As the evangelical left flocked together at the Wild Goose Festival, many benefited from the uproarious-yet-helpful intellectual history by Phyllis Tickle regarding Constantine, birth control, and the postmodern socio-theological predicament (that’s the best phrase I came up for it—I’m open for suggestions on a tidier dictum). Other wild goslings, on the other hand, bore witness to some intellectually suspect lessons. And I don’t mean the hilariously cultish Book of Urantia booth.
I refer to Alexander Shaia’s “Enlarging the Prayer of Easter.” In reference to the Easter celebration, the “spiritual guide” and psychology Ph.D. asserted, “The primary conception was not DNA and empty tombs but coming to the table to experience present resurrection of God’s enlivening grace.” He continued, “The Gospel is the critical now. It’s not about a person who lived in the past…Christianity is primarily the religion of now…Faith is present-moment action.” “Our way of the cross is ours,” not Christ’s. He believed, “Creating a path of transformation is the first step on becoming a Christian.” In reference to the Eucharist, Shaia mystically intoned, “The two bodies of Christ gaze upon each other…We see the Christ who weds within us light and dark.” It was here that Carl Jung’s influence on Dr. Shaia became apparent.
Continuing in his Jungian and progressive modes, the presenter counseled, “Nicodemus is that natural law person in our life—a pastor, beloved writer, parent—who told us something twenty years ago that we’re still holding on to today, even in the face of when God is obviously doing something new.”
Perhaps Shaia’s reservations about the past excuse his questionable historical assertions. He believed the big novelty about Christianity was that, formerly, religion was a tribal affair, where a particular nation believed in the privilege of a bloodline. Such and such people is superior since they (unlike their enemies) are somehow descendents or spawn of the gods. Religion before Christianity portrayed certain groups as within a divine bloodline. Shaia called this a “religion of scarcity.” Christianity, on the other hand, shines as a “pan-tribal community.” Tribes, Shaia revealed, are more than just blood: they can be political affiliations, denominational traditions, and of course sexual orientations. The darkened, primitive, and (since supposedly older) wrong conception of spirituality stood as the norm within the Roman empire. “Rome is a kinder-looking Nazism, and the emperor a nicer looking Hitler,” he contended, “Rome was the most barbaric regime up to that time.” [I’m sure that at least the Assyrians would have something to say to that….] He even (quite falsely) taught that Rome “immediately cut down new religions when they’d crop up.”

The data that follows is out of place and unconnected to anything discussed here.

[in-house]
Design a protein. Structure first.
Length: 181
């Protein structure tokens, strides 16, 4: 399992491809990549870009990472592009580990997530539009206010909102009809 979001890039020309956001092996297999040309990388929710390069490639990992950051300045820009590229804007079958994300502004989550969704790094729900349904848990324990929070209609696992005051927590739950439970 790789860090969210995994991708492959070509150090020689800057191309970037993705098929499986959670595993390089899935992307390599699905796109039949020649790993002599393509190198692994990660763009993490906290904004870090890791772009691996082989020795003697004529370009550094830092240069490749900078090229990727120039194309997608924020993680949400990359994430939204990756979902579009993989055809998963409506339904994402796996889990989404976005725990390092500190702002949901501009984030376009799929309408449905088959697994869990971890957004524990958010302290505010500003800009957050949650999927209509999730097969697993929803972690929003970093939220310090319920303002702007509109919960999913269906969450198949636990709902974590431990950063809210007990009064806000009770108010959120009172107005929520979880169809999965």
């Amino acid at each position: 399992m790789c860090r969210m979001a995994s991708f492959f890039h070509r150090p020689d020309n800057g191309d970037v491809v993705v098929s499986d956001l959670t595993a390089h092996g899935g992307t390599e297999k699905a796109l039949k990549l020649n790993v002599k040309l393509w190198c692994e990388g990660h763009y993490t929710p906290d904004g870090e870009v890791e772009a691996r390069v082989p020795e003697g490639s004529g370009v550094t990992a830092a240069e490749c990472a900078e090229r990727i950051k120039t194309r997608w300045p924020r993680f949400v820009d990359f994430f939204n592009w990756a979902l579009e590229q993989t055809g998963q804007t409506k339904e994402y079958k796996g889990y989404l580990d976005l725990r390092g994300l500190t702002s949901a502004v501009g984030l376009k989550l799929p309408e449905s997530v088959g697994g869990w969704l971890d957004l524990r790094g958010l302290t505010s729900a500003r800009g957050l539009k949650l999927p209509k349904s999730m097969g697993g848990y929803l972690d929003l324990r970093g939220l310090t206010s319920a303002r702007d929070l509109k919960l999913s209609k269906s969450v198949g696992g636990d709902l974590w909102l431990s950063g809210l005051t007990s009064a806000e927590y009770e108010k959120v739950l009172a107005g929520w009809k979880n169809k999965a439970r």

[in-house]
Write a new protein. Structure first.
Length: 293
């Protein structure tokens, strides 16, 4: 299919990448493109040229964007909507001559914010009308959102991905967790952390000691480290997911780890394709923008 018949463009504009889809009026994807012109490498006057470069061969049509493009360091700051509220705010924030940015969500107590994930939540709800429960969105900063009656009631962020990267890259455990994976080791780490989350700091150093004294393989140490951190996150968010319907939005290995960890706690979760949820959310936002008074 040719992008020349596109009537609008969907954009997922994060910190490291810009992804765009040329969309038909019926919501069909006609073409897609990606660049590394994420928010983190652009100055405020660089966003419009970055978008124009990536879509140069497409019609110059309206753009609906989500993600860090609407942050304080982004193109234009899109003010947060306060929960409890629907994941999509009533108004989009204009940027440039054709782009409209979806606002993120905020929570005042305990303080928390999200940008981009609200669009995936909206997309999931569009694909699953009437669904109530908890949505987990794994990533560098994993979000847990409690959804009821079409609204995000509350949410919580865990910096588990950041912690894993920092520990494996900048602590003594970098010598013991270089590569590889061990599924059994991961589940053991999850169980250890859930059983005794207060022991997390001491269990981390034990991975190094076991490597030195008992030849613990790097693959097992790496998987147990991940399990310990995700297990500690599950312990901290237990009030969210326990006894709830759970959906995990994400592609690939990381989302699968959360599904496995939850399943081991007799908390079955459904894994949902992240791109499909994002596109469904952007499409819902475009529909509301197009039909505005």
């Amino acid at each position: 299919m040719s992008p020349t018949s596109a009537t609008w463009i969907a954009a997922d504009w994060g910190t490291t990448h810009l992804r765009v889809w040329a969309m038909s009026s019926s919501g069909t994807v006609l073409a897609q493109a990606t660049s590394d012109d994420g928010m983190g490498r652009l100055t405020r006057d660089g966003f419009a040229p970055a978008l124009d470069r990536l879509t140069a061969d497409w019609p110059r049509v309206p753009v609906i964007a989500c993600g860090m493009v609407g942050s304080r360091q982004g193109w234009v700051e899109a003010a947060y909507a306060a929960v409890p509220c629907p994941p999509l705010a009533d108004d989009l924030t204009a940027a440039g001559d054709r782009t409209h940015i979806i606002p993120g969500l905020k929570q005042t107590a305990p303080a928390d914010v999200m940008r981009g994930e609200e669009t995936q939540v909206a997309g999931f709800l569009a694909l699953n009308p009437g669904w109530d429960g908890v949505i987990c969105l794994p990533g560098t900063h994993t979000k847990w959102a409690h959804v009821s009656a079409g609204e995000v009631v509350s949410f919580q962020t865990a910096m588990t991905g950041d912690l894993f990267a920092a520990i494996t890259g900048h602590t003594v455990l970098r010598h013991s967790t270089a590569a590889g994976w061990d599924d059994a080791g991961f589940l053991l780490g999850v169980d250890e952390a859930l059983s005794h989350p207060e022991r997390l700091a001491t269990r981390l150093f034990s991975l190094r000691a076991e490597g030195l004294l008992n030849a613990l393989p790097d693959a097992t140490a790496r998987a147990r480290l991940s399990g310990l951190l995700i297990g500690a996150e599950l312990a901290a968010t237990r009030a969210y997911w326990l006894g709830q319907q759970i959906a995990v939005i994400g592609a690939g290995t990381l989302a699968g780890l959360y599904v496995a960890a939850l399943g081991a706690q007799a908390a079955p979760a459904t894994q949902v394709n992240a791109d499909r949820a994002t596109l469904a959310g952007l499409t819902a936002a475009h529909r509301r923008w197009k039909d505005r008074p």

I’m not generally one to chuck out a Bible verse and leave. But the blatant falsities of this workshop frustrate me as a history major so much, I will succumb to that whim. I will point to one of my favorites as found in Isaiah: “Remember the former things of old: for I am God, and there is none else; I am God, and there is none like me, Declaring the end from the beginning, and from ancient times the things that are not yet done, saying, My counsel shall stand, and I will do all my pleasure.” Christianity is most definitely not a mere “religion of now.”